We began the following day, Thursday, with a visit to a government office at the neighboring city Bielsko-Biała, to look at military records. A remarkable thing that happened was in the process of requesting bundles of documents, an archivist came up from his area and talked to Zbigniew. He had recognized Zbigniew’s name on the request slips and remembered that Z had helped him with personal genealogy work in the past. Z said that he helps so many people that he did not remember this man, but was appreciative of his offer of help to us. It turned out that the archivist did help us with some additional documents of our family records.
Afterwards, we looked up Zophia N. as recommended by Władislawa. Zbigniew took us to her house. When she saw a photo of my grandmother’s brother, Jósef, she said….”That’s my grandfather!” We learned that Jósef Korycinski lived in the United States for several years with my grandmother and their sister. He worked and was sending back money to family in Poland. He returned to Poland and lived with Zophia N.’s grandmother and helped to raise and support Zophia’s mother and uncle. She told us that almost 50 years ago, some relatives did visit, but that was the last contact from any U.S. family other than an occasional letter or package that have long since stopped coming. These relatives were my mother’s cousins. All of these people died years ago.
Zophia N. was very helpful and told us we had a relative, an elderly bedridden woman who was a Koryciński and lived nearby. She offered to take us to her house. We drove over with her and when we knocked on the door, a woman greeted us and crossed her arms over her chest in amazement and deep emotion. Her name is Ewa and she told us that she had been talking with her mother just the past week about relatives in the U.S. and if they remembered their Polish family and practiced any of the Polish customs. Ewa invited us in and we met Zophia K., a delicate and fragile elderly woman who despite her physical weakness was quite animated and talkative.
Knowing her name now, Alex and I had a sudden realization that one of the few letters we randomly selected several months ago to be translated, that we had gotten the name of the village from, was likely one written by Zophia K. to my mother. Alex had copies of the letters on his Ipad. He opened the letter and we discovered that Zophia K. was just 11 years old when she wrote the letter to my mother. It turned out that Zophia K. is my mother’s cousin, her father Antoni was my grandmother’s brother who died at Auschwitz. She had written the letter soon after her father had died, to thank my mother for a package that she had sent. It was an overwhelming moment and there were many tears and hugs.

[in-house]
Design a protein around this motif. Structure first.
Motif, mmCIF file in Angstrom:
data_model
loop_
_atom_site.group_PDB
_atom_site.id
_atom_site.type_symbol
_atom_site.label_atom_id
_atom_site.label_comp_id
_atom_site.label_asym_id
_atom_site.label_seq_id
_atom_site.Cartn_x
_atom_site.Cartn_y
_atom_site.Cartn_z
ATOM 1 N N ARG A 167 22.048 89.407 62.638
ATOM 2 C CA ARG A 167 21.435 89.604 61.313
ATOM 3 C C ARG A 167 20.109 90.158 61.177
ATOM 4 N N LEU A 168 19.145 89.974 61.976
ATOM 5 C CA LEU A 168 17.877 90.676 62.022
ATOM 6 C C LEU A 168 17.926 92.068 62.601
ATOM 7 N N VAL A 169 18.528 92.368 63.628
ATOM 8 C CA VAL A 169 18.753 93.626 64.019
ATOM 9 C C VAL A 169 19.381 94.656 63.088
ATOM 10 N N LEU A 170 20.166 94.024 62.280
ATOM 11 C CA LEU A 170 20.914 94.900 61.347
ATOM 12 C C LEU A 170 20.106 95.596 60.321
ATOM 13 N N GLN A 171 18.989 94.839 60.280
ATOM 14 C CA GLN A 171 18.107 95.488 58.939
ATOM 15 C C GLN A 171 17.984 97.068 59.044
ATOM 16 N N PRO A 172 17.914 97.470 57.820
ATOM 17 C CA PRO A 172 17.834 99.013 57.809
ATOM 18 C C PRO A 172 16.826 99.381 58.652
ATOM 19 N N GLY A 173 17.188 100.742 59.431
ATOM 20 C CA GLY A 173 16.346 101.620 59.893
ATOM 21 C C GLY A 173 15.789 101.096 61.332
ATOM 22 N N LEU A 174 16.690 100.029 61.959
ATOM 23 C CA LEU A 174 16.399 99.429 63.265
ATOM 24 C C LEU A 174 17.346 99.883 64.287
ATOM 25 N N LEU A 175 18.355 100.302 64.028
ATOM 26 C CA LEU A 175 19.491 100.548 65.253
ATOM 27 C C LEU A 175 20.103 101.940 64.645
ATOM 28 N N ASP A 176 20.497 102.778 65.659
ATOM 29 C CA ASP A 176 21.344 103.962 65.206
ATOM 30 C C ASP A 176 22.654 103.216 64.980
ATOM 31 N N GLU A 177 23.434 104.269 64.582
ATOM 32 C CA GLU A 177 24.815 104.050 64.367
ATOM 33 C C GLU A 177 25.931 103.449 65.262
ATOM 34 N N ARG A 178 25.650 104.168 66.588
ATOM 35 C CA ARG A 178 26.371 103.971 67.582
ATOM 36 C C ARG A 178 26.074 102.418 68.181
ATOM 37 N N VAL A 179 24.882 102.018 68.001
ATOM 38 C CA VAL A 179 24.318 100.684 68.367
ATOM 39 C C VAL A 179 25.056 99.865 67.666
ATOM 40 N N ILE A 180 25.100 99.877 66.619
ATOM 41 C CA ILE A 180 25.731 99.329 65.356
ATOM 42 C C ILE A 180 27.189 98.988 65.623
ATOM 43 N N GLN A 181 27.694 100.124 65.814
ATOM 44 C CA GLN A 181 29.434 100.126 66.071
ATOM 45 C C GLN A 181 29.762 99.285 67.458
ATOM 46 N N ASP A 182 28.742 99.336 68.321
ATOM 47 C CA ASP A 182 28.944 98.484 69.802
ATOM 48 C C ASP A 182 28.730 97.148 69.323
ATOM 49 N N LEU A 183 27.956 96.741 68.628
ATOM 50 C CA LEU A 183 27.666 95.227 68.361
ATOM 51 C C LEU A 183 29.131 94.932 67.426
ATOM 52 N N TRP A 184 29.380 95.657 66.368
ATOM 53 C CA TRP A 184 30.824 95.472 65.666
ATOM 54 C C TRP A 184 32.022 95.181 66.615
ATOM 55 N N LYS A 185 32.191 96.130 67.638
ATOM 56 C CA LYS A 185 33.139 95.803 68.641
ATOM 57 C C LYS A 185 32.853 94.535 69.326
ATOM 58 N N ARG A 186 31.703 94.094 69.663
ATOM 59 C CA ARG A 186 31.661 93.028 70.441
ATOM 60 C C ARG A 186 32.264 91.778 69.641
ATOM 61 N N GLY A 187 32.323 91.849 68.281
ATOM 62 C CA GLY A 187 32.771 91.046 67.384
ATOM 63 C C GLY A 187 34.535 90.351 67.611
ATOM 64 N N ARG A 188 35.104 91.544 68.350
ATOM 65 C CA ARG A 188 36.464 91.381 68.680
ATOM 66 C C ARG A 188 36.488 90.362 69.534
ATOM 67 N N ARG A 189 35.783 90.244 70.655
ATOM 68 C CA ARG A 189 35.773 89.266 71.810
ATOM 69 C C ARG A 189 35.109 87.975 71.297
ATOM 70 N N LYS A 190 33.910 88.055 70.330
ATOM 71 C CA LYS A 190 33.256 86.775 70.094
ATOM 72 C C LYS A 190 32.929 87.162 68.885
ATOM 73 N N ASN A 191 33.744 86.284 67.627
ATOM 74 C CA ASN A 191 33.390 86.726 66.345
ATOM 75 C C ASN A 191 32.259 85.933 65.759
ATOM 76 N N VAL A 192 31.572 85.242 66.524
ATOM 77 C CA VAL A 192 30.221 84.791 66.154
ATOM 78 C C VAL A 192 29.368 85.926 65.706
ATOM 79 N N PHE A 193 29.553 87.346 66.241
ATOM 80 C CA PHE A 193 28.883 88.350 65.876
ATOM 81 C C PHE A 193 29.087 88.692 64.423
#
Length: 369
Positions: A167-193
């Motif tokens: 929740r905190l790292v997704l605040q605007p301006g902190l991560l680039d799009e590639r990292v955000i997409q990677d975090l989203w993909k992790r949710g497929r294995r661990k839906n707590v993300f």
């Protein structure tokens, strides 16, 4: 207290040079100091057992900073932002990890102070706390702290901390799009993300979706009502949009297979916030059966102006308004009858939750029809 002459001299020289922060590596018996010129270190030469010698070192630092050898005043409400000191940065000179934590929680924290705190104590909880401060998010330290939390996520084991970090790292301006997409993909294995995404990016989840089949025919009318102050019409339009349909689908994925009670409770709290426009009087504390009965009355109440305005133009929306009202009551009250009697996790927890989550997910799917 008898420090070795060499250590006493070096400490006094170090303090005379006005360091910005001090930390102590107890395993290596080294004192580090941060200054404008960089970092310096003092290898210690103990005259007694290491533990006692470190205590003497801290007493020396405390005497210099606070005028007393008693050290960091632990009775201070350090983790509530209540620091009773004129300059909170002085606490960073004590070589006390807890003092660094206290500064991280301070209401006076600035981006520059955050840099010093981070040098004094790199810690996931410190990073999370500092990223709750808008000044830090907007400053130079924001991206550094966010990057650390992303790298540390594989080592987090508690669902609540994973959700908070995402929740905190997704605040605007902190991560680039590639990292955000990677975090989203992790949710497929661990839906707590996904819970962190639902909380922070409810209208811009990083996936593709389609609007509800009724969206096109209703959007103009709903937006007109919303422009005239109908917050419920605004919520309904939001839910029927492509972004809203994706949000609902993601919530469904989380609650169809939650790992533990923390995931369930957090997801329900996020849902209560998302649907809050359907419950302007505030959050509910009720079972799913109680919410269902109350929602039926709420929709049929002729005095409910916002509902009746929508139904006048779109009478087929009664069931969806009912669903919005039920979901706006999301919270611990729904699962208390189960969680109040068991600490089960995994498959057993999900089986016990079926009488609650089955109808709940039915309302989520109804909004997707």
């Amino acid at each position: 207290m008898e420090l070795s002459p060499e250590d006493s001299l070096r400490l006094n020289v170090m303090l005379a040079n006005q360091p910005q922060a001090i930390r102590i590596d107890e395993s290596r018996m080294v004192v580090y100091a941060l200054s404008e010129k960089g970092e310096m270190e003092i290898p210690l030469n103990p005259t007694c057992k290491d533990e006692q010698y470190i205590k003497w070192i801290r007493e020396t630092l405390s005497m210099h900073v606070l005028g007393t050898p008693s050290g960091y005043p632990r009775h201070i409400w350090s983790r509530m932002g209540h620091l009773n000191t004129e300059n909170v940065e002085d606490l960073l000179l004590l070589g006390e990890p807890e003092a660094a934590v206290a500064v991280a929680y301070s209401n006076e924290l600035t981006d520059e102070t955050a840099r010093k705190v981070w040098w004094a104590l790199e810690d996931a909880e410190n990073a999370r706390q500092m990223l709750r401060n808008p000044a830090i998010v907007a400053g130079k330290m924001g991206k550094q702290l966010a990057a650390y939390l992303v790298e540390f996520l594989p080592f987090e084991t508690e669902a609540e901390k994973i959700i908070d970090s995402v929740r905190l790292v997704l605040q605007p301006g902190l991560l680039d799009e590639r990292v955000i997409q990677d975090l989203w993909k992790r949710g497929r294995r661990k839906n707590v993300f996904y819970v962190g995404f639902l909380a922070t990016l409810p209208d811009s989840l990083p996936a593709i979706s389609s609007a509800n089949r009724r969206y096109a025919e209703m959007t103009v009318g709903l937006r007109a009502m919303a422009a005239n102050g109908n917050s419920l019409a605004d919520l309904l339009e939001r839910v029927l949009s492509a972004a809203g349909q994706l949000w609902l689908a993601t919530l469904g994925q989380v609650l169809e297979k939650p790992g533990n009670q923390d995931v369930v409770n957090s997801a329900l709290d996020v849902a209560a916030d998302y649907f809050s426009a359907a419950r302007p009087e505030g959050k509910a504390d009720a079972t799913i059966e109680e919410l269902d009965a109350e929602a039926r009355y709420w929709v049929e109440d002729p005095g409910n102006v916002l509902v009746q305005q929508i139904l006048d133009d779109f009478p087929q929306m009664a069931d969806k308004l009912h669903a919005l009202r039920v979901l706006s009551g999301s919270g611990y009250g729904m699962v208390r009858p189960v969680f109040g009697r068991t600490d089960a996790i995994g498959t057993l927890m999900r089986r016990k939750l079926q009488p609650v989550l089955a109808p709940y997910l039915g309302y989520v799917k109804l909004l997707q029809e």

We connected with 3 generations of cousins in that house: Zophia K., her daughter Ewa, and grandchildren Monika and Łukasz. We visited with our cousins for a little longer, took photos, and exchanged mailing and email addresses.
It was time though to go back to the church to meet with the priest again. We did that and we were able to find out much more about my grandmother’s ancestry. Zophia N. joined us afterwards at the church cemetery. She knew where the graves of our relatives were located and helped us where we weren’t successful the day before.
Zophia N. also invited us over for dinner at her home. Her husband and brother joined us and it was a wonderful dinner and celebration of our visit. Zophia’s brother showed us the engraved gold watch that his “grandfather”, my great uncle, Jósef had given him years ago. We took more pictures and drank more vodka and had a great time.
The amazing thing is that the discoveries and meetings of those two days were all unexpected. We truly felt blessed because everything went in our favor and to our advantage. Zbigniew’s talent and skills and perhaps a little divine intervention came together for a wonderful and memorable experience.
Our vacation was almost over, but we had one more day to explore the countryside and see what we could find out about another branch of the family. My husband Tom’s maternal grandmother’s family was from Borki Nizińskie, a village to the east of Kraków.
Because we did not travel to Zakopane the day before, we missed seeing the wooden church marvels on the way. But, as it turned out, we discovered THE wooden church in Borki Nizińskie. It was unbelievable….built in the early 1600’s, it turned out to be a historic church supported by the Polish government and European Union. The church grounds and the church were in pristine condition. A busy group of parishioners was working trimming trees and bushes and manicuring the grounds to perfection. We were able to tour the beautifully ornate church and see where my husband’s ancestors attended religious services.
On Saturday, we traveled back to Kraków. We relaxed and enjoyed the market square restaurants and shops.
This was a trip of a lifetime for me in many ways. With my ancestry being 100% Polish, I always imagined what it might be like to walk on the same ground and be in the same surroundings of my ancestors. For me, I really felt at home. I felt like I belonged. It was a comforting feeling. I am deeply thankful to my son, Alex for taking me on this trip and to PolishOrigins and staff, especially Zbigniew, for making this a dream come true.
Sandra Ann Parker